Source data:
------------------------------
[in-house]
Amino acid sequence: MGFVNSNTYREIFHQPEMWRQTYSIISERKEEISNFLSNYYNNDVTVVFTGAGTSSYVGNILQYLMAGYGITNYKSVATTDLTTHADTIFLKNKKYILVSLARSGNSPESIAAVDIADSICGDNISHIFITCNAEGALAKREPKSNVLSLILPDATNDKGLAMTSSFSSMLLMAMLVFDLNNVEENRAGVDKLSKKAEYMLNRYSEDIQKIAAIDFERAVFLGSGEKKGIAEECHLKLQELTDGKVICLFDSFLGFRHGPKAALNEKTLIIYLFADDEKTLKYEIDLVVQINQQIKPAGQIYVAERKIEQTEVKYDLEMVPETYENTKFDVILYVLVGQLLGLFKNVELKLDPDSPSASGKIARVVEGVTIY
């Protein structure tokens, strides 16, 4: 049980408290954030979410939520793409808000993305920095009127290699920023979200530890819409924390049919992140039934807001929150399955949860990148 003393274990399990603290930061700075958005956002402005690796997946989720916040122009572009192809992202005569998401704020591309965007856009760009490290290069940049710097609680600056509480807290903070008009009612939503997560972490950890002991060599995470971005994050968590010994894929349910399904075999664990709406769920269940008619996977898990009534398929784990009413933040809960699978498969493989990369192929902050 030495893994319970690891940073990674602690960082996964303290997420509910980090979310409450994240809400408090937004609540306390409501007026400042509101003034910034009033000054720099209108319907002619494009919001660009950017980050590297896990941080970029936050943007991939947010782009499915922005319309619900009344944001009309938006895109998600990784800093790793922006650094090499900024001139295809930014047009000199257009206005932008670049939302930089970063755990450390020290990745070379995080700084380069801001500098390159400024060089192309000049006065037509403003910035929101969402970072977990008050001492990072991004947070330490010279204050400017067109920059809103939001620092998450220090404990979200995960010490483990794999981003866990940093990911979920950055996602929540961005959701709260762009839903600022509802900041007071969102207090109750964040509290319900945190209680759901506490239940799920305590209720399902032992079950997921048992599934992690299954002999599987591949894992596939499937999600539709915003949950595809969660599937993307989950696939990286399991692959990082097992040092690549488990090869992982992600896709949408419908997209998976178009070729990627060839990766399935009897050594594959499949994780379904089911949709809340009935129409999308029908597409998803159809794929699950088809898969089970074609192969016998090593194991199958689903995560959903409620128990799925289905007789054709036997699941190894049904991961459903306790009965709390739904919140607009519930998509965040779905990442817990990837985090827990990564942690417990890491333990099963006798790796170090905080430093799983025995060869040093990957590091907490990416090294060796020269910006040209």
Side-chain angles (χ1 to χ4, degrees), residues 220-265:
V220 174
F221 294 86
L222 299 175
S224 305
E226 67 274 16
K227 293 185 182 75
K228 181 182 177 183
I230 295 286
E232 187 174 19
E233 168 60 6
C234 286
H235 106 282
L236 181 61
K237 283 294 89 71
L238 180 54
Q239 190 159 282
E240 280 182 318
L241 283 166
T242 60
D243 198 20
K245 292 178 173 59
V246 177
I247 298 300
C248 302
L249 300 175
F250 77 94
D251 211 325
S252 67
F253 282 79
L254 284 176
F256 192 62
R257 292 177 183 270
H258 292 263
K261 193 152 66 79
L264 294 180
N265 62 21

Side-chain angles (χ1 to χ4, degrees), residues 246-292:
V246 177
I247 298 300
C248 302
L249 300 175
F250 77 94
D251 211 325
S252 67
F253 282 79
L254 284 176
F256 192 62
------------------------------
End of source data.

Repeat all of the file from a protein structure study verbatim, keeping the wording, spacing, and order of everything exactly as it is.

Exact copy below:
[in-house]
Amino acid sequence: MGFVNSNTYREIFHQPEMWRQTYSIISERKEEISNFLSNYYNNDVTVVFTGAGTSSYVGNILQYLMAGYGITNYKSVATTDLTTHADTIFLKNKKYILVSLARSGNSPESIAAVDIADSICGDNISHIFITCNAEGALAKREPKSNVLSLILPDATNDKGLAMTSSFSSMLLMAMLVFDLNNVEENRAGVDKLSKKAEYMLNRYSEDIQKIAAIDFERAVFLGSGEKKGIAEECHLKLQELTDGKVICLFDSFLGFRHGPKAALNEKTLIIYLFADDEKTLKYEIDLVVQINQQIKPAGQIYVAERKIEQTEVKYDLEMVPETYENTKFDVILYVLVGQLLGLFKNVELKLDPDSPSASGKIARVVEGVTIY
């Protein structure tokens, strides 16, 4: 049980408290954030979410939520793409808000993305920095009127290699920023979200530890819409924390049919992140039934807001929150399955949860990148 003393274990399990603290930061700075958005956002402005690796997946989720916040122009572009192809992202005569998401704020591309965007856009760009490290290069940049710097609680600056509480807290903070008009009612939503997560972490950890002991060599995470971005994050968590010994894929349910399904075999664990709406769920269940008619996977898990009534398929784990009413933040809960699978498969493989990369192929902050 030495893994319970690891940073990674602690960082996964303290997420509910980090979310409450994240809400408090937004609540306390409501007026400042509101003034910034009033000054720099209108319907002619494009919001660009950017980050590297896990941080970029936050943007991939947010782009499915922005319309619900009344944001009309938006895109998600990784800093790793922006650094090499900024001139295809930014047009000199257009206005932008670049939302930089970063755990450390020290990745070379995080700084380069801001500098390159400024060089192309000049006065037509403003910035929101969402970072977990008050001492990072991004947070330490010279204050400017067109920059809103939001620092998450220090404990979200995960010490483990794999981003866990940093990911979920950055996602929540961005959701709260762009839903600022509802900041007071969102207090109750964040509290319900945190209680759901506490239940799920305590209720399902032992079950997921048992599934992690299954002999599987591949894992596939499937999600539709915003949950595809969660599937993307989950696939990286399991692959990082097992040092690549488990090869992982992600896709949408419908997209998976178009070729990627060839990766399935009897050594594959499949994780379904089911949709809340009935129409999308029908597409998803159809794929699950088809898969089970074609192969016998090593194991199958689903995560959903409620128990799925289905007789054709036997699941190894049904991961459903306790009965709390739904919140607009519930998509965040779905990442817990990837985090827990990564942690417990890491333990099963006798790796170090905080430093799983025995060869040093990957590091907490990416090294060796020269910006040209």
Side-chain angles (χ1 to χ4, degrees), residues 220-265:
V220 174
F221 294 86
L222 299 175
S224 305
E226 67 274 16
K227 293 185 182 75
K228 181 182 177 183
I230 295 286
E232 187 174 19
E233 168 60 6
C234 286
H235 106 282
L236 181 61
K237 283 294 89 71
L238 180 54
Q239 190 159 282
E240 280 182 318
L241 283 166
T242 60
D243 198 20
K245 292 178 173 59
V246 177
I247 298 300
C248 302
L249 300 175
F250 77 94
D251 211 325
S252 67
F253 282 79
L254 284 176
F256 192 62
R257 292 177 183 270
H258 292 263
K261 193 152 66 79
L264 294 180
N265 62 21

Side-chain angles (χ1 to χ4, degrees), residues 246-292:
V246 177
I247 298 300
C248 302
L249 300 175
F250 77 94
D251 211 325
S252 67
F253 282 79
L254 284 176
F256 192 62